Some public lands allow camp fires but many do not or will have seasonal restrictions. Unattended camp fires can have serious consequences and often dispersed camping sites have no fuel management done. Bringing a stove or dehydrated food are great ways to not rely on fire to cook a meal. If having a camp fire in the area you intend to camp is allowed (and always double check that it is), use only existing fire rings and don't build new ones. If no ring exists, consider using a fire pan or mound fire to protect the soil from sterilization that comes with new fires. Learn more about responsible fires, firewood collection and fire pans.
4. Have a Poop Plan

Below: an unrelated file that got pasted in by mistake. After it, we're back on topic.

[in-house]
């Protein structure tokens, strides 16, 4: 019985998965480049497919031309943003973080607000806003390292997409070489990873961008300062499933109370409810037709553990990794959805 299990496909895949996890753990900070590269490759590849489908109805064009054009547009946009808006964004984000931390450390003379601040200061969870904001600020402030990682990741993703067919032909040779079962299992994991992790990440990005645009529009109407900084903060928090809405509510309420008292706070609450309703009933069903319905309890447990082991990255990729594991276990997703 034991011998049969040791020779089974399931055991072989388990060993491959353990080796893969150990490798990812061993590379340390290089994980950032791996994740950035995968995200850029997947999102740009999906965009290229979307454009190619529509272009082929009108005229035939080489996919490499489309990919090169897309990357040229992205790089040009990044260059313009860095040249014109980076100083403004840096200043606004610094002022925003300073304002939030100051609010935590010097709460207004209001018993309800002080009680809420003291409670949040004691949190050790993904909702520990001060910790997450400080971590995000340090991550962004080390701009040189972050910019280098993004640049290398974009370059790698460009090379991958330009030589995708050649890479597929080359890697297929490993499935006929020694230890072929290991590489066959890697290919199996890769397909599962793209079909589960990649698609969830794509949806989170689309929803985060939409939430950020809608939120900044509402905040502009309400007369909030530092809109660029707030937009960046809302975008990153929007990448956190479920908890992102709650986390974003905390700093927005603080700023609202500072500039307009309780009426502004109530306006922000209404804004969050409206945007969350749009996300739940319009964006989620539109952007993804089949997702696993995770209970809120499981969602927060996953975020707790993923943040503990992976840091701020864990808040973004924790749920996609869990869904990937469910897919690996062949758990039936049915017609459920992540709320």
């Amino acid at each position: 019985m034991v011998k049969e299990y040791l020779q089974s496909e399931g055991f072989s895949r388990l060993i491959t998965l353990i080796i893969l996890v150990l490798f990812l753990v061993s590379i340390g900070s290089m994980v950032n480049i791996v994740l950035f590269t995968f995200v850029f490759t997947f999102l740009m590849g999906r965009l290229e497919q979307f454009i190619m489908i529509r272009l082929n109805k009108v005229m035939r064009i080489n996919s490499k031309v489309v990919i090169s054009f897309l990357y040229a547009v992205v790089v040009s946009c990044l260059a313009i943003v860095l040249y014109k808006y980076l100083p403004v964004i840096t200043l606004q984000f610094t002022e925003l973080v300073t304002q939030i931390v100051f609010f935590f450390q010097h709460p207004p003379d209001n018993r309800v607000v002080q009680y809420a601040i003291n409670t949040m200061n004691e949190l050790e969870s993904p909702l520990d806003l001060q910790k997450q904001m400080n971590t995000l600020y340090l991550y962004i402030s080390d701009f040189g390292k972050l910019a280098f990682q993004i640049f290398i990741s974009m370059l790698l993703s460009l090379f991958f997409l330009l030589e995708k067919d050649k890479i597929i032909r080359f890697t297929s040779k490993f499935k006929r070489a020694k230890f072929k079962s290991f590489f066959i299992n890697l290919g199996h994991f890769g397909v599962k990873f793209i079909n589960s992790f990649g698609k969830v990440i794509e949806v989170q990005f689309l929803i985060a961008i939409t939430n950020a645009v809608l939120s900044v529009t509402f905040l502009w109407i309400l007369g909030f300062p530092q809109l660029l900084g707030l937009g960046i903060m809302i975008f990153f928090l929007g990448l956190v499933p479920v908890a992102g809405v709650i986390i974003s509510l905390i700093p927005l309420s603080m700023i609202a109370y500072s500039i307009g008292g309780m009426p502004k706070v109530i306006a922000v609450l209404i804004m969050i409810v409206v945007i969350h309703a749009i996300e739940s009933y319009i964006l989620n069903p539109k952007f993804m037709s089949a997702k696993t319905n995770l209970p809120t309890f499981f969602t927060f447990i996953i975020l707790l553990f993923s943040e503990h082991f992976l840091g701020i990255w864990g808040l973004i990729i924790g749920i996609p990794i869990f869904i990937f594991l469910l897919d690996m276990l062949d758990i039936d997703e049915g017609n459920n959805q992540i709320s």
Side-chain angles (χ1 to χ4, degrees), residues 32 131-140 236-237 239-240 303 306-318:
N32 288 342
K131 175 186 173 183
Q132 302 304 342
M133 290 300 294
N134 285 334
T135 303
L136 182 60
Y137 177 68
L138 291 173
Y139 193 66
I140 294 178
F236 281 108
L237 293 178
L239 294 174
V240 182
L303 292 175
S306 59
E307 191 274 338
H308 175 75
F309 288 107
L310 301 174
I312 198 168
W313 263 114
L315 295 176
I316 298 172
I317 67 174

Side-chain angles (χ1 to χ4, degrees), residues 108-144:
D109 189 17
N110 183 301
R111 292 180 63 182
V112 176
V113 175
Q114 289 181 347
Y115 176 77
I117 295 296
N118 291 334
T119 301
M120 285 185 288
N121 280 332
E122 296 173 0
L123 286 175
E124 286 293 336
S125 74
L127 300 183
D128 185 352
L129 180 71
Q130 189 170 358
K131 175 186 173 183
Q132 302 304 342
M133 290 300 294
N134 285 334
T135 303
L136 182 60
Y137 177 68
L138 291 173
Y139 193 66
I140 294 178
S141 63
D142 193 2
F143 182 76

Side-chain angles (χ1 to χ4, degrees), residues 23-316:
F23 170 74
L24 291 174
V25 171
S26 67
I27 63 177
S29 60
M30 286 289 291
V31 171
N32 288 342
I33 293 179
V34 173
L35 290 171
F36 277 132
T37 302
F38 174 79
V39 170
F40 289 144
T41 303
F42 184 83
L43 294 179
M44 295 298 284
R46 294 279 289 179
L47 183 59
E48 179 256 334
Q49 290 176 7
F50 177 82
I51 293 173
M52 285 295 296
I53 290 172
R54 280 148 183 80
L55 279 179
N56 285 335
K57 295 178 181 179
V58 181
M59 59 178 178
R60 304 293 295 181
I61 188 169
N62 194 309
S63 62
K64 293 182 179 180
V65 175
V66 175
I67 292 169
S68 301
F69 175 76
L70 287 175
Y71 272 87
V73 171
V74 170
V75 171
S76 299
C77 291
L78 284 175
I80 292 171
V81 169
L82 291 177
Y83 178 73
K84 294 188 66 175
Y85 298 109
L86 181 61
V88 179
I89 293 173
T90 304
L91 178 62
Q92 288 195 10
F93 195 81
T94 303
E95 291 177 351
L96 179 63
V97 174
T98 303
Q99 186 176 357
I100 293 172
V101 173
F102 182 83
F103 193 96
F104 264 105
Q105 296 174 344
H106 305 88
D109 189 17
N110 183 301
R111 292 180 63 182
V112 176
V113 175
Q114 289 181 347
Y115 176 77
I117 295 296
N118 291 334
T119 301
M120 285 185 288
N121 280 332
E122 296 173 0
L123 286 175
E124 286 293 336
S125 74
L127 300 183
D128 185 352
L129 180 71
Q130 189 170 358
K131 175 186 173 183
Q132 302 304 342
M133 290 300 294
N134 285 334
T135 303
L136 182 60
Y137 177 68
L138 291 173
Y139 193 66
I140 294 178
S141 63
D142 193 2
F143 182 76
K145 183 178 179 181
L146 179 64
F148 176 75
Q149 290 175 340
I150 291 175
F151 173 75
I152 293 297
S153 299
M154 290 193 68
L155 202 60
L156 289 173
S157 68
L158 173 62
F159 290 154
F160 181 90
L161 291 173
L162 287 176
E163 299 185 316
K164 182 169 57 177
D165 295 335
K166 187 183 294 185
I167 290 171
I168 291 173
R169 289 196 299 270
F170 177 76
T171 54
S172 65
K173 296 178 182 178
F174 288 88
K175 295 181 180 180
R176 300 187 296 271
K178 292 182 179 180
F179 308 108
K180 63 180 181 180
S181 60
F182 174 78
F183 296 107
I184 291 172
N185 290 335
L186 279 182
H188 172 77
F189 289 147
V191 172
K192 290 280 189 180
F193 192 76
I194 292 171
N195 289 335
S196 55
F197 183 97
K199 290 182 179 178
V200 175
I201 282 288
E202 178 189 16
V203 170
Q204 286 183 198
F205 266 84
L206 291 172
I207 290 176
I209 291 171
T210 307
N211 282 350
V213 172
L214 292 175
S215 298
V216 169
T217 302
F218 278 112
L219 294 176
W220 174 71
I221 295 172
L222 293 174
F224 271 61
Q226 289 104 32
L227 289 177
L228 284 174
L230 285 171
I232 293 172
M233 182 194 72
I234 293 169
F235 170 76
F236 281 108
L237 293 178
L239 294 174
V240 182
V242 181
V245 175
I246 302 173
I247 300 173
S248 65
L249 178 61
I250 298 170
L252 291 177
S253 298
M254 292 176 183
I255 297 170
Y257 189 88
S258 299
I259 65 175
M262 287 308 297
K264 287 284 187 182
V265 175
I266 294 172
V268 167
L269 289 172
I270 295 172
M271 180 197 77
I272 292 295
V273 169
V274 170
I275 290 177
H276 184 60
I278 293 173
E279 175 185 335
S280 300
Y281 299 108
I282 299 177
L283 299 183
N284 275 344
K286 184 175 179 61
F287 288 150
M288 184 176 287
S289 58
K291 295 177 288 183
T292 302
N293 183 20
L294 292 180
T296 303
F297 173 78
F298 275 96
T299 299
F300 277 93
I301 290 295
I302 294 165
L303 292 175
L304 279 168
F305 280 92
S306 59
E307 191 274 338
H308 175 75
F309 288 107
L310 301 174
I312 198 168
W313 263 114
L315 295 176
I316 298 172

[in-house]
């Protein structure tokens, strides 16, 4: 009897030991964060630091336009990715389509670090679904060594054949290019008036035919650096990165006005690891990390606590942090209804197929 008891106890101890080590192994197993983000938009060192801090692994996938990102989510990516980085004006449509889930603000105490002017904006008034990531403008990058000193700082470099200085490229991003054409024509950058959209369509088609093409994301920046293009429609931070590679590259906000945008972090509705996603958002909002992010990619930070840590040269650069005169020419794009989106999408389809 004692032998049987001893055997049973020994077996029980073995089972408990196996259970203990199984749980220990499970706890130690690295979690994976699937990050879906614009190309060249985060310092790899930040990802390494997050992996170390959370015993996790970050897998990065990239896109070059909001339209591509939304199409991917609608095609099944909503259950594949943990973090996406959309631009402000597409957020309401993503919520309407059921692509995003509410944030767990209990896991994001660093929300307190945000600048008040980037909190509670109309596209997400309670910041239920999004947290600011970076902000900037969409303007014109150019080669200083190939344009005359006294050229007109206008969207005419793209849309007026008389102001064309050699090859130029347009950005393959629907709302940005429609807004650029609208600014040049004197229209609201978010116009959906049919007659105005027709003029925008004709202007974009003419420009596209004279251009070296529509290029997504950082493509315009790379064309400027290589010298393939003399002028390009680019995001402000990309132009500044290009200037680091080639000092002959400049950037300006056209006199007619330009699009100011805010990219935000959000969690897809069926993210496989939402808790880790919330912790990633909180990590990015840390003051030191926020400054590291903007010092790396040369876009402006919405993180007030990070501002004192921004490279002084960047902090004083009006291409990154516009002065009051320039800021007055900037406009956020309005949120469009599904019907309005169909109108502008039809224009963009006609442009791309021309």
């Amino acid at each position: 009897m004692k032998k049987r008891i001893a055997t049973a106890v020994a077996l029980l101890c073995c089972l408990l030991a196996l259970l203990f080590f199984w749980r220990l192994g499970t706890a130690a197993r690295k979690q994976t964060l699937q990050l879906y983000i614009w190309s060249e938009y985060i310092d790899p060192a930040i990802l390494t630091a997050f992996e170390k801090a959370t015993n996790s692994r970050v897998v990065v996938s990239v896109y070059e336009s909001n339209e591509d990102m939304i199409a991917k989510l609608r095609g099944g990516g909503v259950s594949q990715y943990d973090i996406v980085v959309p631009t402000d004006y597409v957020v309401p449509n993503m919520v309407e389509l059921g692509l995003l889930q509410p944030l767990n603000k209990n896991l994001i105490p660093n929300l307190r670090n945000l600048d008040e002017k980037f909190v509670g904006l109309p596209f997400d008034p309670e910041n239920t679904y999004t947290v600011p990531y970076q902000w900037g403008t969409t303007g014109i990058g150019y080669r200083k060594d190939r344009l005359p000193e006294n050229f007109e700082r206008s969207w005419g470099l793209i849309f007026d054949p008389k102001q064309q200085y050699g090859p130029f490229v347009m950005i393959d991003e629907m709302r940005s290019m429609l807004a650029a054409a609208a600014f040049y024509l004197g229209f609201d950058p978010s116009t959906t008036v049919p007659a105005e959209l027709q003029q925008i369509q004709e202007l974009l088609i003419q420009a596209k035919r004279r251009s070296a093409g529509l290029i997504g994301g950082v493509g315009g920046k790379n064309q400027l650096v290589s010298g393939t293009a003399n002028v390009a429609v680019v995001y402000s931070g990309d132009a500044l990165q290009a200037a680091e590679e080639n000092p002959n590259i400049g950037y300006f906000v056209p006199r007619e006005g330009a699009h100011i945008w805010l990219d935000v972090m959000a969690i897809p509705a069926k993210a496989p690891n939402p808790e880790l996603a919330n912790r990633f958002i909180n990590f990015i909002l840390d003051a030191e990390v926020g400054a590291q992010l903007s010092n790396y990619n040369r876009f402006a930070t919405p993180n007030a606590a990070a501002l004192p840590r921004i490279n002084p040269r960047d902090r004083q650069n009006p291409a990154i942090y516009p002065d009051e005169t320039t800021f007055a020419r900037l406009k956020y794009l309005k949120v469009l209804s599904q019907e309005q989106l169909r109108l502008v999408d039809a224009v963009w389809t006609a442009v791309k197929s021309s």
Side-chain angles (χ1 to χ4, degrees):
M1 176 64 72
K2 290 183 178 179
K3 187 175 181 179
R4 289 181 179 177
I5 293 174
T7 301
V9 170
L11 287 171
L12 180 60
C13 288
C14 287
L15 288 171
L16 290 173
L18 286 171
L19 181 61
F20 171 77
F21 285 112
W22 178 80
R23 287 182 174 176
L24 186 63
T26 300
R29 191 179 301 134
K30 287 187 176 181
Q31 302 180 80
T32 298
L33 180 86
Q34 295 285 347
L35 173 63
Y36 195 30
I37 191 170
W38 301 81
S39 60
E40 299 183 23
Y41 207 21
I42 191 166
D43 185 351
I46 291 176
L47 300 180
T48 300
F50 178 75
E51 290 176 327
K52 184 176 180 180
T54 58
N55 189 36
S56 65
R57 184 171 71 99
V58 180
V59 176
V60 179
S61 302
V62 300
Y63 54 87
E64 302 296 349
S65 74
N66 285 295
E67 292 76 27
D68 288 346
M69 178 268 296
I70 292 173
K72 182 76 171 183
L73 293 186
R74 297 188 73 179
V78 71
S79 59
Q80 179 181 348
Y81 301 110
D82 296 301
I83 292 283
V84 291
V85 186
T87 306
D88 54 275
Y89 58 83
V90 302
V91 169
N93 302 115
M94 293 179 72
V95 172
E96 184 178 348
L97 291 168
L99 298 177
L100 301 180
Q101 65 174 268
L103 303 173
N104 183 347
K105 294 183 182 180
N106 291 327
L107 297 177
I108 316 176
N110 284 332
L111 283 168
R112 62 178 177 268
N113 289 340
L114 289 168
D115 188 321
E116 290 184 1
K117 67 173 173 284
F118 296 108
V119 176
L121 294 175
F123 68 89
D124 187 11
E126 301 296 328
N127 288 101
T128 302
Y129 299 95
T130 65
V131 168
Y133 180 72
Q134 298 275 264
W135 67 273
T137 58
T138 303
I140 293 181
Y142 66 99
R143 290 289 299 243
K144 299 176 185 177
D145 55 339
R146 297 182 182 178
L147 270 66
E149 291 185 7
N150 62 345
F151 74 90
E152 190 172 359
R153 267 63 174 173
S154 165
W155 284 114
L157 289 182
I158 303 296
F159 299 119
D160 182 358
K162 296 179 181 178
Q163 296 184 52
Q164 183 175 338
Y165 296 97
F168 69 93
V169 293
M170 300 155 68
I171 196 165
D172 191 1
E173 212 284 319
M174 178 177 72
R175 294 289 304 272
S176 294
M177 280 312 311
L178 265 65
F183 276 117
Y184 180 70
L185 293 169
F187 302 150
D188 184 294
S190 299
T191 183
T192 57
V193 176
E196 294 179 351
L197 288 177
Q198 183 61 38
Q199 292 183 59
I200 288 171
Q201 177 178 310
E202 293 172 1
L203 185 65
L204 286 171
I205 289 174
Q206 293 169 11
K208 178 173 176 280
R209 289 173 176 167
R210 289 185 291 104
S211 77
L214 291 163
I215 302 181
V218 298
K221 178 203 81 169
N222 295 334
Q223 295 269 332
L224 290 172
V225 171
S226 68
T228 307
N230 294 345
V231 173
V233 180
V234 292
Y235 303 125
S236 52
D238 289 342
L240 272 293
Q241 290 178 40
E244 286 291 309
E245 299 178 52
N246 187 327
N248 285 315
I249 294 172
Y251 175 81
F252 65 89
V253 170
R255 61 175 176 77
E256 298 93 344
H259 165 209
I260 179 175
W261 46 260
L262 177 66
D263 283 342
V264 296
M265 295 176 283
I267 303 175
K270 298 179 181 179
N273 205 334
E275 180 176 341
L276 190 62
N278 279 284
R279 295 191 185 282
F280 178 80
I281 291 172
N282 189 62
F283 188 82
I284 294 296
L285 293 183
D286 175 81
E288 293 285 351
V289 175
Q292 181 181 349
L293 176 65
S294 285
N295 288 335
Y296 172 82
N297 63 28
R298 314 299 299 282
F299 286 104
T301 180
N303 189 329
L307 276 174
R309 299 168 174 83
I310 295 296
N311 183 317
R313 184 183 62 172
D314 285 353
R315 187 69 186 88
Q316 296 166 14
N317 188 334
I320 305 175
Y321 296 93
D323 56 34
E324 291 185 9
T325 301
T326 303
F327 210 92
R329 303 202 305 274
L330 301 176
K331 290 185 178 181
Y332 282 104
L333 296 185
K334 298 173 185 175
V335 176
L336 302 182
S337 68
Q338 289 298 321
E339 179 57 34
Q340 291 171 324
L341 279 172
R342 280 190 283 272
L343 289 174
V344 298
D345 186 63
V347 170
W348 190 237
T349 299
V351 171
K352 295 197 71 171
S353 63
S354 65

Very few dispersed camping areas have restroom facilities so have a plan for how to poop before you set out for your trip. The best Leave No Trace option is to drive to nearby restrooms at visitor centers, trailheads, established campgrounds, or gas stations. If you can't do that, a “cat hole” is the next best method of disposing of solid human waste while primitive camping. Dispose of solid human waste in a 6-8 inch hole that is 70 big steps (200 feet) away from any water sources. This layer of soil breaks down human feces the fastest and isolates it from contaminating water. In areas where digging a hole is not allowed or possible, or in high use dispersed camping areas, consider using a W.A.G. bag to pack out solid human waste. Learn more about using this portable restroom here. No need to dig a cat hole for urine-- simply pee on a durable surface that's at least 200 feet from water sources, trails, and the campsite.